- Would it not be, rather, that not ONLY the author must be drawn from life, but a large part of the cast of characters? Heavenlyblue (talk) 20:33, 22 December 2011 (UTC)
English Language Bias
While the list is interesting there is a clear Englisg language bias. It might therefore be useful to include examples from other languages and cultures, not just to expand the list but also to note if there truly is a Anglo-american cultural oddity. The expression seems French; it might therefore be worthwile to add something on the history of the expression.
I know there are examples in Norwegian litterature (one case that relates to the internal world of publishers, a few years ago) but this is too small a country to be of general interest.
- Given the value of this technique in avoiding controversy, I expect that it has been used since the very origins of writing. Vectro 20:50, 26 June 2007 (UTC)
A Dance to the Music of Time
The article summarises this series as a "sequence of twelve novels satirising English cultural and political life in the middle of the 20th century." The series includes satire, but that's only one of its strands, and by no means the chief one. I'm not sure how one would do "Dance" justice in a one liner, but feel that this brave attempt falls short. Countersubject 13:31, 9 January 2006 (UTC)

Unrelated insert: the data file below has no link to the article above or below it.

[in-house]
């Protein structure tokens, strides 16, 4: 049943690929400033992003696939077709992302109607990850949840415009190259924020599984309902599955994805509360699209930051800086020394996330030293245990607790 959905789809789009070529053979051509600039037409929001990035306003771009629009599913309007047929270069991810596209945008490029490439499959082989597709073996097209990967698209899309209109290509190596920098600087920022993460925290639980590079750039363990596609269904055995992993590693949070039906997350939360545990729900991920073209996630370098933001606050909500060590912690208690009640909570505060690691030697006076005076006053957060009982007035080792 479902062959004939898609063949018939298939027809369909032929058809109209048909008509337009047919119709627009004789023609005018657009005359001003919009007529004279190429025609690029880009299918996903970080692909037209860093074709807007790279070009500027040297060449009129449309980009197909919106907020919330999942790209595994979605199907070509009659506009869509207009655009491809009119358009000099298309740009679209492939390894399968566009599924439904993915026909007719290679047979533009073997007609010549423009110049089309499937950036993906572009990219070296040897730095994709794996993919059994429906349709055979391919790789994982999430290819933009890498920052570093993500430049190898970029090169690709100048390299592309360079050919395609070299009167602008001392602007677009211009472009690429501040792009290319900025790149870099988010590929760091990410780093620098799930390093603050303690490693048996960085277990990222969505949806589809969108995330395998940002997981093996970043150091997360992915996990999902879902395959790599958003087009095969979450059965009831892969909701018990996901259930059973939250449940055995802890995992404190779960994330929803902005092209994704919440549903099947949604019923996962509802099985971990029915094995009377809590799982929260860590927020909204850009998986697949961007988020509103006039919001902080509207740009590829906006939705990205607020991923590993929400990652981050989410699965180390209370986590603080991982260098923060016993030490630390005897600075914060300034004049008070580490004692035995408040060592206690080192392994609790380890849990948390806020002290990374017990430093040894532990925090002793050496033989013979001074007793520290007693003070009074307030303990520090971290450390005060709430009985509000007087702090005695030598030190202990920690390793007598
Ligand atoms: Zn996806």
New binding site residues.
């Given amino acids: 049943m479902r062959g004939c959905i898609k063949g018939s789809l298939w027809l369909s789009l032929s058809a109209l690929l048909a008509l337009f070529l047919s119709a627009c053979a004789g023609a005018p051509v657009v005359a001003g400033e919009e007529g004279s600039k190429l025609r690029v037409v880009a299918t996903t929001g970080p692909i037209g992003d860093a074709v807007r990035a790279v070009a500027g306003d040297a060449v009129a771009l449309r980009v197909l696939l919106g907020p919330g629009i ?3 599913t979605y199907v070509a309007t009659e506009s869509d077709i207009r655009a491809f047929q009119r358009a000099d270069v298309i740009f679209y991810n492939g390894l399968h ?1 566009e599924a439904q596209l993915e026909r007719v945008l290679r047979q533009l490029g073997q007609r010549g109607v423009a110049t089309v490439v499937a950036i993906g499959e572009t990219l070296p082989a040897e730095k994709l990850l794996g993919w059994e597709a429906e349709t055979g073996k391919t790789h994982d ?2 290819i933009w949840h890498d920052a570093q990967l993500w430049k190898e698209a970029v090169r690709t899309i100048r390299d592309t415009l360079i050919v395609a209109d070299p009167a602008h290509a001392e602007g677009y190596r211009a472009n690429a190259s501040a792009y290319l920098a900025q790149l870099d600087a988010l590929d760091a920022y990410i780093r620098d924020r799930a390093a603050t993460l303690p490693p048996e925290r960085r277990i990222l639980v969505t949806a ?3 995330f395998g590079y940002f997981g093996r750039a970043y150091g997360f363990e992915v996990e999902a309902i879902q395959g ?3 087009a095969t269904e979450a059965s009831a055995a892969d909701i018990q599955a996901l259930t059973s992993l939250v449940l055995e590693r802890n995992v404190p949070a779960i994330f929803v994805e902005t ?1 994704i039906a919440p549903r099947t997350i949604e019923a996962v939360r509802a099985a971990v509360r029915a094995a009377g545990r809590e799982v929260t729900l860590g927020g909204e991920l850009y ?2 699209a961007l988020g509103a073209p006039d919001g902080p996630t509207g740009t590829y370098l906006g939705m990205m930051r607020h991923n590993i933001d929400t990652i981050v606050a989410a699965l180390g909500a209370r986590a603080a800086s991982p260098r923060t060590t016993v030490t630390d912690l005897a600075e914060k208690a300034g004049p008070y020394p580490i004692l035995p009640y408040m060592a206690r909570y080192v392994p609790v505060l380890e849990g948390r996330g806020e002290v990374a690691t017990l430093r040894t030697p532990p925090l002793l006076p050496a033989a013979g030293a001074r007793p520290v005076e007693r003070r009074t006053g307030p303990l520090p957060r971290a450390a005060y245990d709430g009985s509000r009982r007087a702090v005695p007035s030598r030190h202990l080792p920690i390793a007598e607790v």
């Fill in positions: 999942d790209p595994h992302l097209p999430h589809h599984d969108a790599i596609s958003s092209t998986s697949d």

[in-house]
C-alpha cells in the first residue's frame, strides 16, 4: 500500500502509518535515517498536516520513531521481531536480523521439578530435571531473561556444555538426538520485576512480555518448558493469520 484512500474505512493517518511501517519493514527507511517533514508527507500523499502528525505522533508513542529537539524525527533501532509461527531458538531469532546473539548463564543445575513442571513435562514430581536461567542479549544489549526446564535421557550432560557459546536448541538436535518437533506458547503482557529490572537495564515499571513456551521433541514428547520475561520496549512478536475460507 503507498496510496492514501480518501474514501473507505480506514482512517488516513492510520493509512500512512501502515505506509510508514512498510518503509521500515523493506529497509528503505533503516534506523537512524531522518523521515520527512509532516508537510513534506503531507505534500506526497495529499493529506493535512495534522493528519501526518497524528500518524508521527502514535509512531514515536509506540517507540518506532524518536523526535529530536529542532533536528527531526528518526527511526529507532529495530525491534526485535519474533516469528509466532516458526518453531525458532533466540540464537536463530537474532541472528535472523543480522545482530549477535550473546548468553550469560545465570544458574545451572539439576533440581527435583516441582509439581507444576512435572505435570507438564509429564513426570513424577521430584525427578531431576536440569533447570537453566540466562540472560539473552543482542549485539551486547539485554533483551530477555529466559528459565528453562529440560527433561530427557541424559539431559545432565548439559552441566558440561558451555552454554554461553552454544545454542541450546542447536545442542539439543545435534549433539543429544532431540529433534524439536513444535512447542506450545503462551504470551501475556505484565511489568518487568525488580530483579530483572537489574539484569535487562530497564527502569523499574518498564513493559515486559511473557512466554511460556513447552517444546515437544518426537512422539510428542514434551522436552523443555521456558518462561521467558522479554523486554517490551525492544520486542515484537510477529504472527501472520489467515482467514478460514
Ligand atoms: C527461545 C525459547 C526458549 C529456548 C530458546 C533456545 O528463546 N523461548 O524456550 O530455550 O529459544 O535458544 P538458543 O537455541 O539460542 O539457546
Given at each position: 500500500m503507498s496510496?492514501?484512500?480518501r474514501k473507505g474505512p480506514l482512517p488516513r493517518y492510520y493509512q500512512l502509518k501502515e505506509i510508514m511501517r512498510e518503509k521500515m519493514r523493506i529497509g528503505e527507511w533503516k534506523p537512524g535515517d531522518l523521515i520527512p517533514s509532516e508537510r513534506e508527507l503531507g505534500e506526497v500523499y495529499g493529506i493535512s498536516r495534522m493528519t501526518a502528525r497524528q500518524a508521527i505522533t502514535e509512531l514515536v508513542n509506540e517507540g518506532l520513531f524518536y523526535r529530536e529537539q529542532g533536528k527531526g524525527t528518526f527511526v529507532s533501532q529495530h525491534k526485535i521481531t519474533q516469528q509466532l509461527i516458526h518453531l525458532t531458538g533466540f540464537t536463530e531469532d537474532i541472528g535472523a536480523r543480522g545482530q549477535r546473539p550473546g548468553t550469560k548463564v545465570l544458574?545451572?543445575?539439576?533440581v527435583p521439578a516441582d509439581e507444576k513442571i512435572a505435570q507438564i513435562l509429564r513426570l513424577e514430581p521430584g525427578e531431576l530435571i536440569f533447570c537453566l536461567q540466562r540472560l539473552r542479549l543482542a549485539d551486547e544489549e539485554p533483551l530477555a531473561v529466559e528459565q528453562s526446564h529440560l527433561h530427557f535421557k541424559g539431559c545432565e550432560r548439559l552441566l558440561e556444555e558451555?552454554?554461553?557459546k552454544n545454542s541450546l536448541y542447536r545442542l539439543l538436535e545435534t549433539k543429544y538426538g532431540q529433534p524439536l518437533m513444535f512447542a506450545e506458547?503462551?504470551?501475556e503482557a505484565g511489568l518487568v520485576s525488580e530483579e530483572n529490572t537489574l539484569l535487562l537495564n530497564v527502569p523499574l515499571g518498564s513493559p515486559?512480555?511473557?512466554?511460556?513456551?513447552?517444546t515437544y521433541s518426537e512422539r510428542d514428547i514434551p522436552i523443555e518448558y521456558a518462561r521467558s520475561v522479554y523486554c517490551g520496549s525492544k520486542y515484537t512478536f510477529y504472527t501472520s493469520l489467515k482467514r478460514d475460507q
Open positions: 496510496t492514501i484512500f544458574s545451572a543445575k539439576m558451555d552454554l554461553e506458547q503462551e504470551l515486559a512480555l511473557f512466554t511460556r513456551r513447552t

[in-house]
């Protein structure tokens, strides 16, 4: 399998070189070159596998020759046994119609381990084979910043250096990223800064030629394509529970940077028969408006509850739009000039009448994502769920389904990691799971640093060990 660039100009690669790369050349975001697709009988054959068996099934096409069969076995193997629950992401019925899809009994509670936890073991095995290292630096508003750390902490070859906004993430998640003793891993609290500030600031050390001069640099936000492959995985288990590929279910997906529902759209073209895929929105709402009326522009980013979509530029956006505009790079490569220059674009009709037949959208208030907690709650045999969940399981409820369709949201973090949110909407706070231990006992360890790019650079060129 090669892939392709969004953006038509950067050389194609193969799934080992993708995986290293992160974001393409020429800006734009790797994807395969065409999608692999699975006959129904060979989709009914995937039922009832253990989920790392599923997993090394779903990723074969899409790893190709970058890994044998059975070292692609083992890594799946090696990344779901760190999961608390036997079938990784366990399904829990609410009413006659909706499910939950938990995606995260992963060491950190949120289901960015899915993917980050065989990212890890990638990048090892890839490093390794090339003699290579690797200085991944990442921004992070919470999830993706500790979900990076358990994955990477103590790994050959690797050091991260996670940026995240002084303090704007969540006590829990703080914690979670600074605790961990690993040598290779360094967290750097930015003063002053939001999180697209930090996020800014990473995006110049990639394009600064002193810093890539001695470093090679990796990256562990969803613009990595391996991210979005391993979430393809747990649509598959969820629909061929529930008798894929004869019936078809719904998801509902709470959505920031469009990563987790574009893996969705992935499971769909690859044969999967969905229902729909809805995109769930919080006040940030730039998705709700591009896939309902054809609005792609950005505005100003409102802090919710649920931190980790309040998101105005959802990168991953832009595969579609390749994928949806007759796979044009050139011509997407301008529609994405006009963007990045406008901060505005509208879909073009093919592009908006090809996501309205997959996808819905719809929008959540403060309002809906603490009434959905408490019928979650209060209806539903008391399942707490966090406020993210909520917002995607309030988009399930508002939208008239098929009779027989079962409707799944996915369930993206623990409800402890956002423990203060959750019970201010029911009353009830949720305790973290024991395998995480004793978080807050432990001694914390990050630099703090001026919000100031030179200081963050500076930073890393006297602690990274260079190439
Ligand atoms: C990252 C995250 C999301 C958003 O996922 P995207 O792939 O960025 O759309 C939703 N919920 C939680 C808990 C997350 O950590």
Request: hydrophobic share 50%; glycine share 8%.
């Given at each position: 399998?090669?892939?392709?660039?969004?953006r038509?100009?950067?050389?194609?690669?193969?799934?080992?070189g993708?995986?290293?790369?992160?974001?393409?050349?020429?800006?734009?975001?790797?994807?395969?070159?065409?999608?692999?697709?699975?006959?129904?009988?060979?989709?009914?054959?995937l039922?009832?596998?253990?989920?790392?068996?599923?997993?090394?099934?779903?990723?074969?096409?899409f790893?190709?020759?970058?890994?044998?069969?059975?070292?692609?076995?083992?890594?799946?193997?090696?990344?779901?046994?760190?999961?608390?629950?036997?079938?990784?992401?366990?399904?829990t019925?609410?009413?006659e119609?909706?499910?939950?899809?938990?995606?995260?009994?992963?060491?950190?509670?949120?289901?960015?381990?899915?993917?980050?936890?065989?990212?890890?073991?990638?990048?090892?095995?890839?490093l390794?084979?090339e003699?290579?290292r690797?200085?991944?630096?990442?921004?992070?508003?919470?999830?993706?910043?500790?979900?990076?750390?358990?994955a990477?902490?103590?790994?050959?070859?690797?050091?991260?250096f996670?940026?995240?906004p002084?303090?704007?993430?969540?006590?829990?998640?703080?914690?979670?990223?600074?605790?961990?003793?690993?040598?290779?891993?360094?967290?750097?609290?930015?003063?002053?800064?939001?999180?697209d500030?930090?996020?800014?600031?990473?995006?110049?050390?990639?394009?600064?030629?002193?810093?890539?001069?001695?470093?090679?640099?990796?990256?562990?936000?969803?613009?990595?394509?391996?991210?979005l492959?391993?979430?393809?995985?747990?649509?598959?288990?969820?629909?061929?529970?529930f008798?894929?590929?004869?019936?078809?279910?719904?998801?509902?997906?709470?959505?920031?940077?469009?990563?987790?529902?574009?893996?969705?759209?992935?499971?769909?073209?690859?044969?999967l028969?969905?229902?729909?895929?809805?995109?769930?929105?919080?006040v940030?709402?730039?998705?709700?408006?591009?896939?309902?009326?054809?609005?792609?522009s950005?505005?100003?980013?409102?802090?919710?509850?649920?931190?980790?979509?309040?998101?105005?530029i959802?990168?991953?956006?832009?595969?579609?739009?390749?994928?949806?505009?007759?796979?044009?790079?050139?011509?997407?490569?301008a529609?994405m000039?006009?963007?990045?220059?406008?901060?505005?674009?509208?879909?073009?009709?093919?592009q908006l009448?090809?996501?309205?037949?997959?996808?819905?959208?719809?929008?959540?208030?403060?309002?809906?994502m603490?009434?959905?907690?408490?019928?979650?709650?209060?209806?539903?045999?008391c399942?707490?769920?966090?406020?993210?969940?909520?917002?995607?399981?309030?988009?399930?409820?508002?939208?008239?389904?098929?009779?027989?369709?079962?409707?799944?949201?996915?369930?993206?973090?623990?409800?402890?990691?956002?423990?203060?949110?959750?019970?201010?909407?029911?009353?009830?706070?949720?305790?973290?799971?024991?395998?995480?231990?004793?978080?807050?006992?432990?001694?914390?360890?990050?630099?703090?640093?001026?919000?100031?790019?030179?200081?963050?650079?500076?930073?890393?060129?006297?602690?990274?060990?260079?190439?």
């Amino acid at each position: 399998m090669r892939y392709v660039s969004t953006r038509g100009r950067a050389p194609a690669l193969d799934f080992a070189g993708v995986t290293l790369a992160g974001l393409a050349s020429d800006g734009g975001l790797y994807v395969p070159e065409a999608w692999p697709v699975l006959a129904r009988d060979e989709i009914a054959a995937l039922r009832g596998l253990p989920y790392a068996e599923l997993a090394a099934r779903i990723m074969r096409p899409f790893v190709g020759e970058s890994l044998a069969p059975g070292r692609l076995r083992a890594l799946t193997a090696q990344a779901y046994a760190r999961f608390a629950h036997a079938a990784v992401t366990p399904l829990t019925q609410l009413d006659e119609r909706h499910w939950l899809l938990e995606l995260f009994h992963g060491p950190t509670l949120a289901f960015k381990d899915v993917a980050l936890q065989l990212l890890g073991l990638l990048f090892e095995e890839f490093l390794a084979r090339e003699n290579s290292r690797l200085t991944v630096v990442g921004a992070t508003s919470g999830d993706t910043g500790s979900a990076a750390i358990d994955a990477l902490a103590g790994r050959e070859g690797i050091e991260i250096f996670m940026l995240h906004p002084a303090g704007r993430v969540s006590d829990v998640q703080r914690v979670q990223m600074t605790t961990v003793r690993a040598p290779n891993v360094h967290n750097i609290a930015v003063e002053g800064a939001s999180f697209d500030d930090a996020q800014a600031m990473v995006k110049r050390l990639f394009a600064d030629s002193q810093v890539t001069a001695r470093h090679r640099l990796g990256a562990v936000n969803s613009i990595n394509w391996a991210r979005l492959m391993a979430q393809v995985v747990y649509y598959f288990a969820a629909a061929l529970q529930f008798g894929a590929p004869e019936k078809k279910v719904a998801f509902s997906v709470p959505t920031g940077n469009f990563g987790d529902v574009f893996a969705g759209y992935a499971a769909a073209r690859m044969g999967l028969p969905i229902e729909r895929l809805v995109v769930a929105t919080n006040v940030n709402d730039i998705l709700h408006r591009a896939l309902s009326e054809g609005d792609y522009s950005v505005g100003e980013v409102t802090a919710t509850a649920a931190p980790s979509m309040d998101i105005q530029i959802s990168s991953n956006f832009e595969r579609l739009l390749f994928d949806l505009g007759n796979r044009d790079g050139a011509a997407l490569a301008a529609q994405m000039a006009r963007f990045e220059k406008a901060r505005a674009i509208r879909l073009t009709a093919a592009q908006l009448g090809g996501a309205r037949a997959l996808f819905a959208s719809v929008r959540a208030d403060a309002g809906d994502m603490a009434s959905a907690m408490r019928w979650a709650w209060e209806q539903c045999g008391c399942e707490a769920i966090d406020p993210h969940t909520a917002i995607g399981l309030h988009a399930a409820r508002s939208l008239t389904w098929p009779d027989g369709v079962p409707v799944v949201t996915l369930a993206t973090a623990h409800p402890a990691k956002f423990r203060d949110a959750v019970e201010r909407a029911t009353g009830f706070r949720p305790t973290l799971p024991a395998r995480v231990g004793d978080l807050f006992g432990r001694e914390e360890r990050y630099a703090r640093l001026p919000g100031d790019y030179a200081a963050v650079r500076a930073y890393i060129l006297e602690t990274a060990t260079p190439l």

"In Search of Lost Time by Marcel Proust is perhaps the epitome of the roman a clef novel, winding through 3000 pages of Scott-Moncrieff's translation of the authentic French text, it lays down the complexities and subtleties of life for future 20th century authors to utilize at their discretion." i am aware it is semi autobiographical, which i suppose makes it roman a clef, but what is all the rest of that? it sounds to me like an overzealous fan, but i'm not precisely sure what it's getting at so i don't want to snip it. --dan 04:17, 24 September 2006 (UTC)